Title: Bonding Behavior and Interfacial Damage between Steel Fiber-Reinforced Concrete and Steel
Author(s): Kai Wu, Jianan Xu, Feng Chen, Chuyang Chen, and Zhigang Chai
Publication: Materials Journal
Appears on pages(s): 83-96
Keywords: bond-slip curve; bonding strength; energy dissipation; interfacial damage; pushout test; steel fiber-reinforced concrete (SFRC)-encased steel column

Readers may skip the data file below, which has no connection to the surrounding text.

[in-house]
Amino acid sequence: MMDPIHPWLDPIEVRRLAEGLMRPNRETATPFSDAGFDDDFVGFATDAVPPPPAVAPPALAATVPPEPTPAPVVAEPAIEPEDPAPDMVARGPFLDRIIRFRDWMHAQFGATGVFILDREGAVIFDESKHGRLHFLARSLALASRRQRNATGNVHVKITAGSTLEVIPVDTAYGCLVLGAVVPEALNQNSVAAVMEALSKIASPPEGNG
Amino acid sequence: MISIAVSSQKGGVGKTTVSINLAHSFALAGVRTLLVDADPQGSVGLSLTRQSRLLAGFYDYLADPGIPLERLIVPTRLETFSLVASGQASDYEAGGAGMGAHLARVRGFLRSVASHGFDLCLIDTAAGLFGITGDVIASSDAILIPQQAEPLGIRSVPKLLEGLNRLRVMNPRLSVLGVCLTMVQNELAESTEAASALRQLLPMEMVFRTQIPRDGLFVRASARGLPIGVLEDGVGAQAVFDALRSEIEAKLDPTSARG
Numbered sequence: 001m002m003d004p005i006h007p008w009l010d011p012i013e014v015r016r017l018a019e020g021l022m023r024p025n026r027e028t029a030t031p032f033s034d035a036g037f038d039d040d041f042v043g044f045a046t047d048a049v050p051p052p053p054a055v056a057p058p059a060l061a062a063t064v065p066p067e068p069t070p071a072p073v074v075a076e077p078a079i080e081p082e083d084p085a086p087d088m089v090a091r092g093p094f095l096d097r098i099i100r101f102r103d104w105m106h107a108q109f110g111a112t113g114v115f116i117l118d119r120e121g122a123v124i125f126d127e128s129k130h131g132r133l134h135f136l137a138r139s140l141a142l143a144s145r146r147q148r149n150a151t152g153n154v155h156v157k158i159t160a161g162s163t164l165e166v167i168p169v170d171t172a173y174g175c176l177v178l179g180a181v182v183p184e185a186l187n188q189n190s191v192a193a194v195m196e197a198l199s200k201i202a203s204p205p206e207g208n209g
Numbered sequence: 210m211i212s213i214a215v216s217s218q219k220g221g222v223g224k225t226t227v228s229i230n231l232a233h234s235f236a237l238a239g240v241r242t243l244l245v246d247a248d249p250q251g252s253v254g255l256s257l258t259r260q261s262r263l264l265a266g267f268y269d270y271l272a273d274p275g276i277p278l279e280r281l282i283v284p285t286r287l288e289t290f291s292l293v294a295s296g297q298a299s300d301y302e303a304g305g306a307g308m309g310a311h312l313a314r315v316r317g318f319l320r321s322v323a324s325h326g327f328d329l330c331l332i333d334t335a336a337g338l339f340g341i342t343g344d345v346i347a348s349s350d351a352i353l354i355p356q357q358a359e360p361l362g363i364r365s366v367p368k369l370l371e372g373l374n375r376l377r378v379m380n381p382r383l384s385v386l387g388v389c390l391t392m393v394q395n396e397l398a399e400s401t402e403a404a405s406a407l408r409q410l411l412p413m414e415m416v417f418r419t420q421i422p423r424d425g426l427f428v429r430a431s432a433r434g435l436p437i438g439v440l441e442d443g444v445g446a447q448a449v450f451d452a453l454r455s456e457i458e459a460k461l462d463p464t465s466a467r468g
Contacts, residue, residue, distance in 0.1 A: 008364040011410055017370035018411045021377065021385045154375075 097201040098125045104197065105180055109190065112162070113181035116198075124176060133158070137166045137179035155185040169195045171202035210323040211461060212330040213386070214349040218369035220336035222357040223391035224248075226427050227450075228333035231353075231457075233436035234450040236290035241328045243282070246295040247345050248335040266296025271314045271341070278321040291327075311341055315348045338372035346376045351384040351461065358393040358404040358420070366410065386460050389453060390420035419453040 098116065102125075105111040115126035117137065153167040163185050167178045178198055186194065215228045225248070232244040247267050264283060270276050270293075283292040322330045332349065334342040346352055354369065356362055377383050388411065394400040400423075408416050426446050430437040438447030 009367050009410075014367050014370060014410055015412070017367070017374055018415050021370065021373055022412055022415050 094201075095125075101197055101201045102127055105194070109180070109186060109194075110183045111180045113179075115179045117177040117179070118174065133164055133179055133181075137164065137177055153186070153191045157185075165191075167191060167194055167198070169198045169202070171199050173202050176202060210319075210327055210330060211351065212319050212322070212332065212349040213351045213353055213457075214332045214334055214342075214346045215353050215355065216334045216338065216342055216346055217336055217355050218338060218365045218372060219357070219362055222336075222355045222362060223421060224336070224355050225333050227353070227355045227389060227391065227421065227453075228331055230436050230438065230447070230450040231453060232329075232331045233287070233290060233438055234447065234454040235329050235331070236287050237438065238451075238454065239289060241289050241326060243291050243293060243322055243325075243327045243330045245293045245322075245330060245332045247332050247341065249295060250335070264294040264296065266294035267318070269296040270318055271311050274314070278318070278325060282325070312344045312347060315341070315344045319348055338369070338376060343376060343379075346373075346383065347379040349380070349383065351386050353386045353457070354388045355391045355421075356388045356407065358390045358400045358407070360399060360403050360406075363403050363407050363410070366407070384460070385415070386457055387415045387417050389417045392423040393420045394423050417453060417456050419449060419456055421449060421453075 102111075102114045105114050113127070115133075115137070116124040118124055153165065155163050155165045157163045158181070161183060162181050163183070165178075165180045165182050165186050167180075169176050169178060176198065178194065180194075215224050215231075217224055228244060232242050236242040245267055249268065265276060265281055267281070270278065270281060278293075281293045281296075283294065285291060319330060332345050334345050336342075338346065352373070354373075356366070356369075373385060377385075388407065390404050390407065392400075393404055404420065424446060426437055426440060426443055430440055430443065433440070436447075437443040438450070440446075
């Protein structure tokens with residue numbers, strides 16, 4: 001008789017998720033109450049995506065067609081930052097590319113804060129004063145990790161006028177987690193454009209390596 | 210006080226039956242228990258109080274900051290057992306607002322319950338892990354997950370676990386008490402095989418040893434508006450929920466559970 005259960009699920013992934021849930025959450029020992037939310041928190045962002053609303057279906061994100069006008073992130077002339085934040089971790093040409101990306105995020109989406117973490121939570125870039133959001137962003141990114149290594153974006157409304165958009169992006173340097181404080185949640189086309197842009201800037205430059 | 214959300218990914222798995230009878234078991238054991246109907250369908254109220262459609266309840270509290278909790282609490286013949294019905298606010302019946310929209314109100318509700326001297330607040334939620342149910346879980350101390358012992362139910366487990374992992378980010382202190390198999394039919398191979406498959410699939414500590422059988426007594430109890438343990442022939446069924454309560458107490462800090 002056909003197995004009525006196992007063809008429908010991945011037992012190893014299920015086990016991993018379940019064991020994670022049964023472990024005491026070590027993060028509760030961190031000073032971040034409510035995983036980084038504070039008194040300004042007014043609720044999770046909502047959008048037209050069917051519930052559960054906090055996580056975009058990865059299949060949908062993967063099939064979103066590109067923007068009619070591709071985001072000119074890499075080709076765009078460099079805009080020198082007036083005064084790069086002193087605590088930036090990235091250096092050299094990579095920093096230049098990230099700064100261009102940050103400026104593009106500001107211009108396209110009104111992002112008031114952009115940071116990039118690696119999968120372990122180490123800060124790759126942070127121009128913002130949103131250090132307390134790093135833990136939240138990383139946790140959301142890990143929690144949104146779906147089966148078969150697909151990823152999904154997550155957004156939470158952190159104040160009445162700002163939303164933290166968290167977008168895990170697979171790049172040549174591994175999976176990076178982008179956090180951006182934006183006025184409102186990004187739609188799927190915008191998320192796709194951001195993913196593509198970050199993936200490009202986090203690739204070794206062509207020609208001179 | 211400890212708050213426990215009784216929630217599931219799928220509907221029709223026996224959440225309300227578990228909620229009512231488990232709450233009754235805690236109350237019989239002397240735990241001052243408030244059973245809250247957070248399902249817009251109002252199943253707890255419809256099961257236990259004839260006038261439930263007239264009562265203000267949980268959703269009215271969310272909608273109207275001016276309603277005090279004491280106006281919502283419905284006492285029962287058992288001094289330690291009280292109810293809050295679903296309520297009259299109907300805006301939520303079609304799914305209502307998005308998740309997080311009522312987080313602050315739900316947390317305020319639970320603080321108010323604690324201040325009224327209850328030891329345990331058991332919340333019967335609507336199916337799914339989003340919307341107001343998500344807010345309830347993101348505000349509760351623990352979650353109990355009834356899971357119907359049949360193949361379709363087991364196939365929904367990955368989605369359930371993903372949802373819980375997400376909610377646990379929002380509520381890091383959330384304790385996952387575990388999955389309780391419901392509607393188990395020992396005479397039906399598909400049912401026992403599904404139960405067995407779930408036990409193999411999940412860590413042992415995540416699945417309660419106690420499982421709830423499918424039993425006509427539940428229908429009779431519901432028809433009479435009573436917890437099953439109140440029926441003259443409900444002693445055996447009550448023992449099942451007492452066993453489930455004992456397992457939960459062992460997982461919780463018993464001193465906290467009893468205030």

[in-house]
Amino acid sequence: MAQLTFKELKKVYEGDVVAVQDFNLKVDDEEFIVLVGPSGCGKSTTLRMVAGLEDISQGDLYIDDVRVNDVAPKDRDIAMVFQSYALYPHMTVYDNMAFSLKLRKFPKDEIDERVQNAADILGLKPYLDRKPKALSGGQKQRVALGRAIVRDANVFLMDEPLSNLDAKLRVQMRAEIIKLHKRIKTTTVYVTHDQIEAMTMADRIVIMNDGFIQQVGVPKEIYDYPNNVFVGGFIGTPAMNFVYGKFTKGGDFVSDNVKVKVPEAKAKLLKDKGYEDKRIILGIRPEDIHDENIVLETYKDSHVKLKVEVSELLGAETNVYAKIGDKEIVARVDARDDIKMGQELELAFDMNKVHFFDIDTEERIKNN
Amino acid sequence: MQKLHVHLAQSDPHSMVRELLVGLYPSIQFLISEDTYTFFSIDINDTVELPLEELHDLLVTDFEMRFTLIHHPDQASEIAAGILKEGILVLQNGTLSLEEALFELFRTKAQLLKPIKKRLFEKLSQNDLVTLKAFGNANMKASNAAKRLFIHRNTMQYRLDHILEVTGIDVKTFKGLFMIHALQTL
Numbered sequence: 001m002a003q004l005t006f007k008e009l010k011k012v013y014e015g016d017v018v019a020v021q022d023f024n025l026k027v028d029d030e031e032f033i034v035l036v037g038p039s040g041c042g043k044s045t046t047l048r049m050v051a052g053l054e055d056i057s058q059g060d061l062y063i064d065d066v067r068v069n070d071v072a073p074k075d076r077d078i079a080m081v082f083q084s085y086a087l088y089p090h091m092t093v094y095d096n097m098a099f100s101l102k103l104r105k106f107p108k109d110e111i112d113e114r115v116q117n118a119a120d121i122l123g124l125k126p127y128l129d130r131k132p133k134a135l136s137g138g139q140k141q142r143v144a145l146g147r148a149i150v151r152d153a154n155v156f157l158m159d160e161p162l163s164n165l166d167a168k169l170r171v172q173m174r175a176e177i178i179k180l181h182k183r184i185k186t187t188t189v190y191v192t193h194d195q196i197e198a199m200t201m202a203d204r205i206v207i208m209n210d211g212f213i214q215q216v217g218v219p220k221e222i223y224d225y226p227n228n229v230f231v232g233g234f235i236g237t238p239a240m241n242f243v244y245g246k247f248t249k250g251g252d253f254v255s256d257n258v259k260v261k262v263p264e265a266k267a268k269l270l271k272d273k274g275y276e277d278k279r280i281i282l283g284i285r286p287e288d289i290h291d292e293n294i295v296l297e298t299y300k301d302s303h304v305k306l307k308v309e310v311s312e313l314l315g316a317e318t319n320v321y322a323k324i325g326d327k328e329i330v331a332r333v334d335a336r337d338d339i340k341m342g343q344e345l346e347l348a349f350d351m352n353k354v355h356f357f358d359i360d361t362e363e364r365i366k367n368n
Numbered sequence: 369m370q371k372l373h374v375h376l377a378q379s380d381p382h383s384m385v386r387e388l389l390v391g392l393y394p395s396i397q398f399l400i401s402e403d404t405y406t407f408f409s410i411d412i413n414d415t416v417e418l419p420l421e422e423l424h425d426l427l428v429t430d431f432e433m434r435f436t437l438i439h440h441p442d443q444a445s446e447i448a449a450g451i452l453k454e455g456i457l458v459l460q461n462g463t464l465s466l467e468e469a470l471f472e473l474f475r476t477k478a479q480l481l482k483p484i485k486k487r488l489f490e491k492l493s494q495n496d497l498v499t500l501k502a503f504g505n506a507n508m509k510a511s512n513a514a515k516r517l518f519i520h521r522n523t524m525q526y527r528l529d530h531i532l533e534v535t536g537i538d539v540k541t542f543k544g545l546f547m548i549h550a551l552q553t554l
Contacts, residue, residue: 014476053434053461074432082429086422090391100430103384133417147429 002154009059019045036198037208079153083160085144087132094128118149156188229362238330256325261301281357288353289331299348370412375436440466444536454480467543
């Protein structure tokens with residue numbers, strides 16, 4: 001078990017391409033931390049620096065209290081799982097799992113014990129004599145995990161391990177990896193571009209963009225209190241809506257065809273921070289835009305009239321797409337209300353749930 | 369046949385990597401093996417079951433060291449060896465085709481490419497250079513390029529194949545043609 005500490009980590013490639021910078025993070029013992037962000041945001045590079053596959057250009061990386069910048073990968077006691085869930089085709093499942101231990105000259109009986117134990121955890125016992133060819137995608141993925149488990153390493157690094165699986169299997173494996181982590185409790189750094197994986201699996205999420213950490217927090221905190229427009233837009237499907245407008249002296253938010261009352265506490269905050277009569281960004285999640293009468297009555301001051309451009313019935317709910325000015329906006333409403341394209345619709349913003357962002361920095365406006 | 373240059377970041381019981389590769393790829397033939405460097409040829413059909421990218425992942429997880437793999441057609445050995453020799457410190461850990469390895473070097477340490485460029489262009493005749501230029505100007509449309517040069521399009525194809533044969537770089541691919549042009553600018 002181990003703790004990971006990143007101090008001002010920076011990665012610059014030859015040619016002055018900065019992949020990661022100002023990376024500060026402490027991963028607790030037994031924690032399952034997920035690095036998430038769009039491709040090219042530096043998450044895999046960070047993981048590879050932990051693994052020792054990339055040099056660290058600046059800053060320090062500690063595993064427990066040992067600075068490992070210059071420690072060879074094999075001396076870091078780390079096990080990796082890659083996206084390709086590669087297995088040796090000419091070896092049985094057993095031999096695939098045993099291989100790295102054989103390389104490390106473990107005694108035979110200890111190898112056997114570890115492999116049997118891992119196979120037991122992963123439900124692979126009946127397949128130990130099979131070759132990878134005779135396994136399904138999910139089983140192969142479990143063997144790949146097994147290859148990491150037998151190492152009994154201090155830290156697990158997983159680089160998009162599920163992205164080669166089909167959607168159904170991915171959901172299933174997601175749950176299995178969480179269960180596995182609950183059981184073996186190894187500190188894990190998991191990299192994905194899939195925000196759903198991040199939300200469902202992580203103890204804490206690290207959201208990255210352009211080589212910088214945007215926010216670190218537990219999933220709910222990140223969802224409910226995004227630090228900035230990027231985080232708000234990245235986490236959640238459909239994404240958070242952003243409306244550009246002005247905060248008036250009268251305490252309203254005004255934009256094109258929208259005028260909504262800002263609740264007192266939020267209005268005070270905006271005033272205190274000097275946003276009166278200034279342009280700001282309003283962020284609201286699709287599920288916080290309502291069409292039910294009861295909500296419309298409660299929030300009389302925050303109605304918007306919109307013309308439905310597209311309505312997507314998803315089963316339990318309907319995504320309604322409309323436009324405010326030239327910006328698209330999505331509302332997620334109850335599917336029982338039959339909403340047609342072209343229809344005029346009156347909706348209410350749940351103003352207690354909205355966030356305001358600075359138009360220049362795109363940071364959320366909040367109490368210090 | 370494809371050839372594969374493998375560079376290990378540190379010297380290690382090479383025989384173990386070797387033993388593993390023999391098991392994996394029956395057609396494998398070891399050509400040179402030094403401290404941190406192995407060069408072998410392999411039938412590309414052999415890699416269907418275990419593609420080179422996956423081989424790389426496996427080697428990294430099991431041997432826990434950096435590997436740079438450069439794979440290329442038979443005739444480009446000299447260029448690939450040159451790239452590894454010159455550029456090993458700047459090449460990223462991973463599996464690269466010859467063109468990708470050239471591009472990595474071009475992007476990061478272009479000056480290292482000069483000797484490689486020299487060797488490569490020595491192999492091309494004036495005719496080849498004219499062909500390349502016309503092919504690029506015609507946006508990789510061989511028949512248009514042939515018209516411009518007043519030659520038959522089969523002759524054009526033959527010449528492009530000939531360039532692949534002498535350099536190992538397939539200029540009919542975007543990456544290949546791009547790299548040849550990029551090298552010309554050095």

The reinforcing bar cages in concrete-encased steel (CES) structures are replaced with steel fibers to form the steel fiber-reinforced concrete-encased steel (SFRCES) structures, which can avoid common difficulties in the construction of a traditional CES structure. To study the bonding properties and interfacial damage between shaped steel and steel fiber-reinforced concrete (SFRC), the pushout tests of 16 specimens were conducted. Main parameters including steel fiber ratio (ρsf) (0, 1, 2, and 3%), thickness of concrete cover (Css), and effective bonding length (Le) of specimens were considered. In this paper, some important performance indicators are obtained, such as P-S curves, bonding strength, interfacial energy dissipation, and interfacial damage variables. The experimental results show that the P-S curves at the loading end and free end have the greatest difference under the peak load. A higher ρsf has a stronger constraint effect on concrete cracks, which leads to better post-peak bonding behavior. A bigger Css can delay the interfacial damage in the middle and late stages of the test. A larger Le means more elastic deformation energy can be stored at the interface, so the damage variable increases at a slower pace.